As cloud services become the norm, millennials take over the workforce, and expectations around workplace solutions become more demanding, MSPs are moving away from the “if it isn’t broken, don’t fix it” mentality. No piece of technology fits that mantra more than file servers.
The proliferation of file sync and share services, now dubbed content collaboration platforms, has been a slow burn. However, now they are the default and preference for the majority of end users. Consider a brand-new startup. While a decade ago they would quickly look to an MSP to setup an Exchange Server for email and a NAS for file storage, now an organization can signup for a cloud office platform which is ready to go in seconds and is automatically improved, patched, and secured without any intervention.
The vast majority of organizations don’t have the luxury to start over with the best-of-breed cloud solutions, so many are opting to do away with their legacy storage systems in part or altogether. While decommissioning file servers in favor of modern content collaboration platforms can seem like a daunting prospect at first, more and more businesses are realizing that the alternative–sticking with on-premises servers–spells limited productivity and needless expenses.
You’ve Already Migrated Your Customer’s Email, So Why are Files Still Sitting On-Premises?
Almost all MSPs are familiar with the migration process, the most common scenario being migrating email into the cloud.
But with email comfortably in the cloud, the backbone of user-generated content that teams and departments rely on is still sitting in feature-lacking file servers. This means that the success of an organization can depend on users’ ability to access those files and folders at a moment’s notice, which itself depends on servers remaining functional. Compared to the offerings of cloud systems, that’s a tough sell.
By helping organizations migrate their large file repositories into the cloud alongside their email, MSPs are ensuring that businesses have a consistent, reliable, and streamlined storage solution that makes it easy for all users to pull on whatever folders or content they require to keep their team, department, and company running. For MSPs, this next step should be something of a no-brainer, as it allows you to continue to provide the best solutions to your customer, and—in this case—one that could drastically optimize the way their company operates. As discussed by Marc Lighter of Paxis Technologies in his column on MSP Insights, the bulk of email migrations from on-premises to the cloud are complete. Migrating unstructured content—user files and department folders—is the logical next step, one that benefits businesses and MSPs alike.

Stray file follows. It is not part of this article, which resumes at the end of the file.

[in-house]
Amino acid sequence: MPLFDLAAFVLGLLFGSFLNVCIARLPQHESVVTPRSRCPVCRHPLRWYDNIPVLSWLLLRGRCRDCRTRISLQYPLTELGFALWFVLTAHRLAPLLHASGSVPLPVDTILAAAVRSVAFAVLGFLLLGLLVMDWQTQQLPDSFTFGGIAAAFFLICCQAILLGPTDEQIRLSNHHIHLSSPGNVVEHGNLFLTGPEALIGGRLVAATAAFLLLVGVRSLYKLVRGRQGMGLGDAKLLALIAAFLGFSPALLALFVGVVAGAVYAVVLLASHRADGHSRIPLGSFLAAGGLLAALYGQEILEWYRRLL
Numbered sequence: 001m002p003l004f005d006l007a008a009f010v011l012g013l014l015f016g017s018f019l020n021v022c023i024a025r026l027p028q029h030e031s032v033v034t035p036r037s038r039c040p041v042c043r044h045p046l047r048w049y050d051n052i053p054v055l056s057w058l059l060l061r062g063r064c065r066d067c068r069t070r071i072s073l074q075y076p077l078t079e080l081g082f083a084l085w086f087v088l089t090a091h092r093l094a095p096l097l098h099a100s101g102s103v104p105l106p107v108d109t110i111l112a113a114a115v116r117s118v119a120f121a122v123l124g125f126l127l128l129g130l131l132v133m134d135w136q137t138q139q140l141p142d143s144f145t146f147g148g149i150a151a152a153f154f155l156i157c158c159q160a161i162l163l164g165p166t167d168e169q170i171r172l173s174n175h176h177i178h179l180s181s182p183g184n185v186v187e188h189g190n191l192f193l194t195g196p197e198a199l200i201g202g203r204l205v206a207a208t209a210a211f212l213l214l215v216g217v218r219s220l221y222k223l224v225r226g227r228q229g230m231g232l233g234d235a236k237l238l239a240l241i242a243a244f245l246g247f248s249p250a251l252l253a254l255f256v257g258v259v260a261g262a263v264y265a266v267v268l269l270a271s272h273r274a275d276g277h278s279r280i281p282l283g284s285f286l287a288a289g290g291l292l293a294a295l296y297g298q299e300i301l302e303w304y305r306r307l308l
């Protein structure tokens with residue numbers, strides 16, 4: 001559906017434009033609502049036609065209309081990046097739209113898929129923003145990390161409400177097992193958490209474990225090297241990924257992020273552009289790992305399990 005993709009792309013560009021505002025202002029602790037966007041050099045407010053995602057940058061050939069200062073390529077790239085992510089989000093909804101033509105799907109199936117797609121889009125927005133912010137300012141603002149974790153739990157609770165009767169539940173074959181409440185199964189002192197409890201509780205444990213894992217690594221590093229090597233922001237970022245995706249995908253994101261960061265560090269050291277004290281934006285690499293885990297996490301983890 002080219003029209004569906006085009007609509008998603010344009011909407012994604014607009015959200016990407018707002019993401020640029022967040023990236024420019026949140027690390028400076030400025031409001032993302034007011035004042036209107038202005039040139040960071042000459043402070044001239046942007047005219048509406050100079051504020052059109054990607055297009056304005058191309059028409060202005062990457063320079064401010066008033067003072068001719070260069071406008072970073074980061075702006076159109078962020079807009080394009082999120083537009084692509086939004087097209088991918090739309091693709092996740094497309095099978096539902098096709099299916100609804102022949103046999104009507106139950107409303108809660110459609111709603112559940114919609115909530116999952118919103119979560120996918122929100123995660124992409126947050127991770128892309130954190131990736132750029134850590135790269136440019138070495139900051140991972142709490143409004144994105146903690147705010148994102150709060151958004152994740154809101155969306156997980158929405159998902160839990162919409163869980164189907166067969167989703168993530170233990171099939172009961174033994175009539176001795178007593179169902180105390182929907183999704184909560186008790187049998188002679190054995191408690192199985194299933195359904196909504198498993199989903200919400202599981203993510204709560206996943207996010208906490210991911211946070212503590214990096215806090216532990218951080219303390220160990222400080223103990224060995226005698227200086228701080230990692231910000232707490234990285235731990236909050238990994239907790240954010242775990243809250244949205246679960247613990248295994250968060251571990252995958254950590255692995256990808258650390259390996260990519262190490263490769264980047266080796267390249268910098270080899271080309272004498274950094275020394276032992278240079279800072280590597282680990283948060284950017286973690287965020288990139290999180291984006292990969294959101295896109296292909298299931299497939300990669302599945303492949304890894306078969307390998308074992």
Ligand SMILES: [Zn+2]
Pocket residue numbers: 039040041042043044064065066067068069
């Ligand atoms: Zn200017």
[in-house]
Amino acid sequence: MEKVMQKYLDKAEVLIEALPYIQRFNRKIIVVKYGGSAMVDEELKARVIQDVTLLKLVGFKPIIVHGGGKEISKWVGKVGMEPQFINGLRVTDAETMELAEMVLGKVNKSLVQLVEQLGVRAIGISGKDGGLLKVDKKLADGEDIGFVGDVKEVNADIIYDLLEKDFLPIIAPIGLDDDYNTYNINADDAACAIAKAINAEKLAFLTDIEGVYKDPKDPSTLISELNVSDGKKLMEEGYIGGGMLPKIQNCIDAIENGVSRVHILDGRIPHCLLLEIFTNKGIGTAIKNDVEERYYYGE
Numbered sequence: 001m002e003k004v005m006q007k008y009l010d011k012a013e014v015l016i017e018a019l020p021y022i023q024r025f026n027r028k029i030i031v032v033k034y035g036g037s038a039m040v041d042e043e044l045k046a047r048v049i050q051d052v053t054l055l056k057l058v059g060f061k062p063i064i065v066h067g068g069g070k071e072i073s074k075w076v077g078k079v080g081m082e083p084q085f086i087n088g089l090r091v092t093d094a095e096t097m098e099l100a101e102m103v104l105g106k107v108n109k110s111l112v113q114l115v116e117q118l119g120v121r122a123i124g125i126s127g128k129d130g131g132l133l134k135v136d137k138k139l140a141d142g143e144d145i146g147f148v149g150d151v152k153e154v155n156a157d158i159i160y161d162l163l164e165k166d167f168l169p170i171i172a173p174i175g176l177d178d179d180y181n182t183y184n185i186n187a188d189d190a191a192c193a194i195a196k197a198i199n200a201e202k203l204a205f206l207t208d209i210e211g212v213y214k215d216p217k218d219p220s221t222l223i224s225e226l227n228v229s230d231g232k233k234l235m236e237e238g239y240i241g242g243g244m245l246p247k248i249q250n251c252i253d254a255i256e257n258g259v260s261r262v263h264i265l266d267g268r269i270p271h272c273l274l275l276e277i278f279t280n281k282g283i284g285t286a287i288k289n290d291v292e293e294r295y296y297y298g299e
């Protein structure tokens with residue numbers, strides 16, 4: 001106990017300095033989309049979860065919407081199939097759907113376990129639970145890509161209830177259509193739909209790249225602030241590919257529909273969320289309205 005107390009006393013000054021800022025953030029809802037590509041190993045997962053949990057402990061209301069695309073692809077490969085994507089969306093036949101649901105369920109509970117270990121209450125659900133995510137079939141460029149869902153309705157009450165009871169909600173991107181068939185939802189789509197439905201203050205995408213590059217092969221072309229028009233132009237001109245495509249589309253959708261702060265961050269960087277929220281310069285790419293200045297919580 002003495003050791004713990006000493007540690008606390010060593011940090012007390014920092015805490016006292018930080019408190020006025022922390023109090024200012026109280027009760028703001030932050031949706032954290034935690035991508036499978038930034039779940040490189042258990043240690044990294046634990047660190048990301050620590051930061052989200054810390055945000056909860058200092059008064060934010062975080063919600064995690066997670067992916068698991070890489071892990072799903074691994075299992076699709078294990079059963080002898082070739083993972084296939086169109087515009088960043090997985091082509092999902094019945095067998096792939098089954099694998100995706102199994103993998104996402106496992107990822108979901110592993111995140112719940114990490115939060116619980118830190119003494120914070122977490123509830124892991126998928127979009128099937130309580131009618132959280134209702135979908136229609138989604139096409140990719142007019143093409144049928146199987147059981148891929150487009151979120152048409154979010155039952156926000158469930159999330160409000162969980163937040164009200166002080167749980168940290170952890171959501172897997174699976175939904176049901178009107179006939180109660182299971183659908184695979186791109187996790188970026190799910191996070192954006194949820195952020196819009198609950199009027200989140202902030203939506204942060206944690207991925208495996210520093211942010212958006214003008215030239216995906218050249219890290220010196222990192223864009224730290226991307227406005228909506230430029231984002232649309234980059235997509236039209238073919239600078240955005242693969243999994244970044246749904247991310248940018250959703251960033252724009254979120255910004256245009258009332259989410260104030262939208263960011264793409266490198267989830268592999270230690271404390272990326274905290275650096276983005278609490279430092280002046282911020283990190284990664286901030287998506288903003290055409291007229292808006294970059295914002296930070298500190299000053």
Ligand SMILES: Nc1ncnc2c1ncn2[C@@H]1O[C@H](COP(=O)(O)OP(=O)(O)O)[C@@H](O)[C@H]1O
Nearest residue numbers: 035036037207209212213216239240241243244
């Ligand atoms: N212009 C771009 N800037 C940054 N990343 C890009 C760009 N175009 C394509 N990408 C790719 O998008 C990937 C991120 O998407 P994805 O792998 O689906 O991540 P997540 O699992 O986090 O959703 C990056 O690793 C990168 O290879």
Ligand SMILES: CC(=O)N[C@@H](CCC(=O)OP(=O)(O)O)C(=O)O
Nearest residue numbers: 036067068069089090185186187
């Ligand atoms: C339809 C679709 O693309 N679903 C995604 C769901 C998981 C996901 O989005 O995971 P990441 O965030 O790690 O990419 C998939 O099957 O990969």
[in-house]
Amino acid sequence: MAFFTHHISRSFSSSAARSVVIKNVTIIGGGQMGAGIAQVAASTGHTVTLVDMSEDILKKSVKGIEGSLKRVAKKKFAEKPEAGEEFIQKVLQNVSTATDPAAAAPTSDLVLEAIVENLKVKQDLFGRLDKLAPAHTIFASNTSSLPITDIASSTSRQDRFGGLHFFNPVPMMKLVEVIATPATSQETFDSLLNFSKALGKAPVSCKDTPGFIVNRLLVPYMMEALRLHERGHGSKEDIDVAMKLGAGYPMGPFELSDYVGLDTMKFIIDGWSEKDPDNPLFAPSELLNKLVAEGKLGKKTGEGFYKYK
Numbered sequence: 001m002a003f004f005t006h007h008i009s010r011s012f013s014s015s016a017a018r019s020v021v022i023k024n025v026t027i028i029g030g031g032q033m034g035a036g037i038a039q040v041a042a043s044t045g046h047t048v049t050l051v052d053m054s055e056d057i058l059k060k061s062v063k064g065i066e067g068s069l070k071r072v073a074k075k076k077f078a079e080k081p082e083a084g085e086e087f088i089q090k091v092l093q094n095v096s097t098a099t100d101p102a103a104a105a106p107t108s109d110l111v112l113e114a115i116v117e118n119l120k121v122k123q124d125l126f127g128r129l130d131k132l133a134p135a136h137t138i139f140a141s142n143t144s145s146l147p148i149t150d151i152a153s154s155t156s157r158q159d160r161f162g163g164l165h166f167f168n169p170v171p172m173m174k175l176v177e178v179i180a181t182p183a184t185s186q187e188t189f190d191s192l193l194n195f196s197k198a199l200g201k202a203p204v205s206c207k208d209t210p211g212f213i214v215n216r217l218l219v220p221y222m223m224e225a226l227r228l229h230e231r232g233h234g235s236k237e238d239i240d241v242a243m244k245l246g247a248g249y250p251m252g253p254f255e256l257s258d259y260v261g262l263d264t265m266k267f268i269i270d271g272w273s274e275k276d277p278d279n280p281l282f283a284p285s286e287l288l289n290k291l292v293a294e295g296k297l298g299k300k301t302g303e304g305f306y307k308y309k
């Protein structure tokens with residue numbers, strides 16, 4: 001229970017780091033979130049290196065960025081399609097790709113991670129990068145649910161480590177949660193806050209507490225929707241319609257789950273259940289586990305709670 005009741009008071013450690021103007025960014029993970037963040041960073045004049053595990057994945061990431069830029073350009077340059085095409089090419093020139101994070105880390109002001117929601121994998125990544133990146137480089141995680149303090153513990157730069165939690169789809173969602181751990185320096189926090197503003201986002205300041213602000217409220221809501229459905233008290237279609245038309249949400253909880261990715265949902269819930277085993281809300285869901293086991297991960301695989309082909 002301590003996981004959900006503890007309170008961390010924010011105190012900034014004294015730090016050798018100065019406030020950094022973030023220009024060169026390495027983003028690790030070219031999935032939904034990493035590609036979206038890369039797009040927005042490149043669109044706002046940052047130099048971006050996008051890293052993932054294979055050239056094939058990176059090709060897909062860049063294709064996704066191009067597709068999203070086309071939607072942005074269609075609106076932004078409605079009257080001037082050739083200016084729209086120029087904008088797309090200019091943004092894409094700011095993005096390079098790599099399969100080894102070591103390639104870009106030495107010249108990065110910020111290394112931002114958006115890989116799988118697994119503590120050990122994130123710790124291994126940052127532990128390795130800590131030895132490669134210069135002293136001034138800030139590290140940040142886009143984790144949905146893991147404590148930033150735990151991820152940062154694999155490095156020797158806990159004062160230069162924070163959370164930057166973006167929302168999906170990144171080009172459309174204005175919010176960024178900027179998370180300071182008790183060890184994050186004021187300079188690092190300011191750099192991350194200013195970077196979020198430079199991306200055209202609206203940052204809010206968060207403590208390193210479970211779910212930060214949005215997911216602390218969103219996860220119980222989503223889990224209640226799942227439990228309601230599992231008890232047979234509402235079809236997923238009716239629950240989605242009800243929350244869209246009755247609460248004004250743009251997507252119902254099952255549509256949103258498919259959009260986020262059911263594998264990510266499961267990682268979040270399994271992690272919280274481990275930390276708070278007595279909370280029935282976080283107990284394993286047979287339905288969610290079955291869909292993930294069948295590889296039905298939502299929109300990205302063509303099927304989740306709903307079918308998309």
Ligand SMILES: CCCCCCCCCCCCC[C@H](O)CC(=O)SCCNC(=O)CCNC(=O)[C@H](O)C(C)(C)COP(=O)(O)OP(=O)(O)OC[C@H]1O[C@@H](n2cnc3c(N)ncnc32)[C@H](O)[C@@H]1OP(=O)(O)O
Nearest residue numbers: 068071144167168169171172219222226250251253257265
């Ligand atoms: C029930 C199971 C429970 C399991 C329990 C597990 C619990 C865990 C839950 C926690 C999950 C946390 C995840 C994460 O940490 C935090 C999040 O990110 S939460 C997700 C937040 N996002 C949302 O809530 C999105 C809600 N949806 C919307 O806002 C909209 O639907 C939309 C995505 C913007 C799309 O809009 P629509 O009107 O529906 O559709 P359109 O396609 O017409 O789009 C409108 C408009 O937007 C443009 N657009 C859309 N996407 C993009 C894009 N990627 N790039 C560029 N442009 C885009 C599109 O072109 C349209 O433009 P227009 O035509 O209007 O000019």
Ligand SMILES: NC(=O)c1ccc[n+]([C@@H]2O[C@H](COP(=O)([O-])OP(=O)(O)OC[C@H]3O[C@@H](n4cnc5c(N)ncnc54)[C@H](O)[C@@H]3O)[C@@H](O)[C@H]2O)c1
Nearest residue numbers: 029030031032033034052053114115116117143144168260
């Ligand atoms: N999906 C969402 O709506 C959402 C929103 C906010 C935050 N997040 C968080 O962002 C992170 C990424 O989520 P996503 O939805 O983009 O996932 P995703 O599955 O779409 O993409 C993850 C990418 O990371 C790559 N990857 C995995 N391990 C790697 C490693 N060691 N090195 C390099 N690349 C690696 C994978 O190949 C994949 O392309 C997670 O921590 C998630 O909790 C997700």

Both email and file storage services are key offerings of MSPs. Interestingly, email’s move to the cloud before unstructured content speaks to how important email is to an organization. However, the reasons behind moving email are almost identical to that of moving file servers: reduced cost and end-user benefits.
File Servers are Costly to Maintain
Well, to put it bluntly: file servers are just a massive black hole: sucking time, money, and valuable manpower into their abyss.
Anyone purchasing a file server, NAS, or SAN quickly finds out the costs go beyond just hard drives and the server racks. Aside from the time and energy file servers require for managing the storage of user content, another key consideration is the total cost of purchasing, deploying and maintaining them. Some of the expenses are clearly measurable. But the hidden, lost-opportunity costs of diverting your internal resources from other tasks can be even greater.
Incidents both large and small require constant support, racking up a litany of costly operational expenses. The time spent by your team making sure that servers are up to snuff means that they’ll have less time to deploy new technologies, or assist with new projects that could generate revenue, or attract new clients. These costs continue to skyrocket in the event of legitimate disaster, such as a cyber-attack. As cyber-crime becomes an increasingly large and multi-layered concern for organizations, file servers have proven to be one of the more vulnerable storage solutions. For example, the 2017 Petya attack exploited a SMB vulnerability present in many unkempt file servers.